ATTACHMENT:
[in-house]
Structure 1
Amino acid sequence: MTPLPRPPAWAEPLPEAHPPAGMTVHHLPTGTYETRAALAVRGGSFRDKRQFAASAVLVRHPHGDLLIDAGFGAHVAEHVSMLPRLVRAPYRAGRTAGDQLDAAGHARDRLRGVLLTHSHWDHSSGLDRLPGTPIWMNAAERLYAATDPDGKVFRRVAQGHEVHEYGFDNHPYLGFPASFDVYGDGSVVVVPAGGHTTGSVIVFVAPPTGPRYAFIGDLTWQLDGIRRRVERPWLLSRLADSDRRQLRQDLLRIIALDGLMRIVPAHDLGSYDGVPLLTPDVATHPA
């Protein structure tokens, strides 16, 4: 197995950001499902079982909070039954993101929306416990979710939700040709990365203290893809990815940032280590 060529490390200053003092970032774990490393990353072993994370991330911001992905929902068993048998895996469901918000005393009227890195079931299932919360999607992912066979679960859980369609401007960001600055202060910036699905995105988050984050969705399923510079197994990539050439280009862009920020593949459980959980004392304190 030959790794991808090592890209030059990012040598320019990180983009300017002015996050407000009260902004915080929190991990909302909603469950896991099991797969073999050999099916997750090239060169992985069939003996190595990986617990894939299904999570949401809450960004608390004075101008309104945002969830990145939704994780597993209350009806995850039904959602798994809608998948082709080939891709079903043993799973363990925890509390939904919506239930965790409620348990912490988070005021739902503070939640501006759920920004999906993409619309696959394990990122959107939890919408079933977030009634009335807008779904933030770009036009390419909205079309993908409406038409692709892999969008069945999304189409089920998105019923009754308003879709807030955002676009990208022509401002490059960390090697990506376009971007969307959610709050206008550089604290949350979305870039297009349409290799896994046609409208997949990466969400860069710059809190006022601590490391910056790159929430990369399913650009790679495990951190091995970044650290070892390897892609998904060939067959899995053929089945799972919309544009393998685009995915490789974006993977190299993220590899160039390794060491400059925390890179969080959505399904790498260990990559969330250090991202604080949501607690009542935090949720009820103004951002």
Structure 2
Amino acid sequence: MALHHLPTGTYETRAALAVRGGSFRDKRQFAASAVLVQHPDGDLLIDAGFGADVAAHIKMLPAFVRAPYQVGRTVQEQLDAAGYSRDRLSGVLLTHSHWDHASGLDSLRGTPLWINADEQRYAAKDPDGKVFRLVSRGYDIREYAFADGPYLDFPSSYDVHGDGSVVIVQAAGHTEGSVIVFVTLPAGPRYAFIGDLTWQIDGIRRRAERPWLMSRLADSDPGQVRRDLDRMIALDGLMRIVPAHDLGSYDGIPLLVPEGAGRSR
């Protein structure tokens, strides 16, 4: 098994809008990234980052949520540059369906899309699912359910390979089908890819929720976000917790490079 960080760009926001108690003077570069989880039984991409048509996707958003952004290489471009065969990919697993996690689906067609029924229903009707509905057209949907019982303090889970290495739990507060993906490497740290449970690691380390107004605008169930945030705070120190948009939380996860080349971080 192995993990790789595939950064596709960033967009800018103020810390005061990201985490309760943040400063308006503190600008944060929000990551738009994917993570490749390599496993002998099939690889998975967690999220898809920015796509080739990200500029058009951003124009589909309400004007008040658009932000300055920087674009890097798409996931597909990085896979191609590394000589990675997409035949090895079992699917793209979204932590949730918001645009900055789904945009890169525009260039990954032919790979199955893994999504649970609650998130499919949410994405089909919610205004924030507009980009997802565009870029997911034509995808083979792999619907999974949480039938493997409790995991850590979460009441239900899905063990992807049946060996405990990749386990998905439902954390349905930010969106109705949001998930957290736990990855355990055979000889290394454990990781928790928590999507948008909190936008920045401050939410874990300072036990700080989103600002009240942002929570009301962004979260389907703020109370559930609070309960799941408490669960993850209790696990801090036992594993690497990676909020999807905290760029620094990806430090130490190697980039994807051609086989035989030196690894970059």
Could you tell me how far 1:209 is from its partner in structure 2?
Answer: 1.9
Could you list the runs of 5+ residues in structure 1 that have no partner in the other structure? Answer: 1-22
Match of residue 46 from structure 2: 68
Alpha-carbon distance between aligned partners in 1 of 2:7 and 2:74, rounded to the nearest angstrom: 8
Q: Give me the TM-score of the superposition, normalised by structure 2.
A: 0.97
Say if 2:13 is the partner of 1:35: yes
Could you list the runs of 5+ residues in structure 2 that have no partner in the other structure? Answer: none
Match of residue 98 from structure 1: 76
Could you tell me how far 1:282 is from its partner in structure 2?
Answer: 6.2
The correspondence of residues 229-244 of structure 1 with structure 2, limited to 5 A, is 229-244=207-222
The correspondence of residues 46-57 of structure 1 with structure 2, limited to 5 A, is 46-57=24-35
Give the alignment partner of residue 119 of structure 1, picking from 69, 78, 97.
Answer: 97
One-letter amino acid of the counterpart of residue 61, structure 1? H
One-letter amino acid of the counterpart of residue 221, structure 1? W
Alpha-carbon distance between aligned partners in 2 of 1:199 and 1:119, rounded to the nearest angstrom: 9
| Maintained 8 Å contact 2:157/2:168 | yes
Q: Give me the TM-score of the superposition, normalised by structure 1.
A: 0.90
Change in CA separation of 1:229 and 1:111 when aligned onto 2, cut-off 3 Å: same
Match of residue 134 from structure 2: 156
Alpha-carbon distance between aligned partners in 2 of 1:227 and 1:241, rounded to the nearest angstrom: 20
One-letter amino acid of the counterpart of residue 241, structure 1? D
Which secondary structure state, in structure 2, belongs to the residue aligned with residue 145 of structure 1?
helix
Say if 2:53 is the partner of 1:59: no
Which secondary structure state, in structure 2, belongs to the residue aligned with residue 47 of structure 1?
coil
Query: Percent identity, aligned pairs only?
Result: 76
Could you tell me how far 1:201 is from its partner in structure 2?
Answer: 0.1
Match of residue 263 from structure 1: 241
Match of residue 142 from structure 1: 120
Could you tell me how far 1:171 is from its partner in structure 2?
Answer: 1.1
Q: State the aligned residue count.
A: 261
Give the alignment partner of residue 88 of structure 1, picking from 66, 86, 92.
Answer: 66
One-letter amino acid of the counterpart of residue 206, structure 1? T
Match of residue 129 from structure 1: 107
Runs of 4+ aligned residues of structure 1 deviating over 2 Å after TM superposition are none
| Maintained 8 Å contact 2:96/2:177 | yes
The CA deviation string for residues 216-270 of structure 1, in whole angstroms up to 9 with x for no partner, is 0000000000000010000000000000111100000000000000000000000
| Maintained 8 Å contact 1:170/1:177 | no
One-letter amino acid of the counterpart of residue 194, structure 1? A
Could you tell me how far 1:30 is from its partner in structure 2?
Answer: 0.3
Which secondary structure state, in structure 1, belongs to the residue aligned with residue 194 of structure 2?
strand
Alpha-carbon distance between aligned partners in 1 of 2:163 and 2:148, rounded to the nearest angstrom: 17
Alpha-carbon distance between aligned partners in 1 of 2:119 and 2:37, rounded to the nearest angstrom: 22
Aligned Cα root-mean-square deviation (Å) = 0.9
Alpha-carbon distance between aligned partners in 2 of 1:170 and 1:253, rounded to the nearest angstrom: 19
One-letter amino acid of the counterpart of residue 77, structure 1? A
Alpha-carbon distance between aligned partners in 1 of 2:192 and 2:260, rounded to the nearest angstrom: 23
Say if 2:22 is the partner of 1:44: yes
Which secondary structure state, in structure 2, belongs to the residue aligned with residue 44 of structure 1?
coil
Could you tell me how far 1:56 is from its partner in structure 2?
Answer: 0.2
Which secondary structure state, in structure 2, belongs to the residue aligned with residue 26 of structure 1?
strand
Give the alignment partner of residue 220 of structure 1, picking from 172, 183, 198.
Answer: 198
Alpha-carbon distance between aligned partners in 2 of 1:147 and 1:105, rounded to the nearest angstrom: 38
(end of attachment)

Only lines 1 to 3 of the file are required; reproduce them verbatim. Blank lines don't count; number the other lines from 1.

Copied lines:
[in-house]
Structure 1
Amino acid sequence: MTPLPRPPAWAEPLPEAHPPAGMTVHHLPTGTYETRAALAVRGGSFRDKRQFAASAVLVRHPHGDLLIDAGFGAHVAEHVSMLPRLVRAPYRAGRTAGDQLDAAGHARDRLRGVLLTHSHWDHSSGLDRLPGTPIWMNAAERLYAATDPDGKVFRRVAQGHEVHEYGFDNHPYLGFPASFDVYGDGSVVVVPAGGHTTGSVIVFVAPPTGPRYAFIGDLTWQLDGIRRRVERPWLLSRLADSDRRQLRQDLLRIIALDGLMRIVPAHDLGSYDGVPLLTPDVATHPA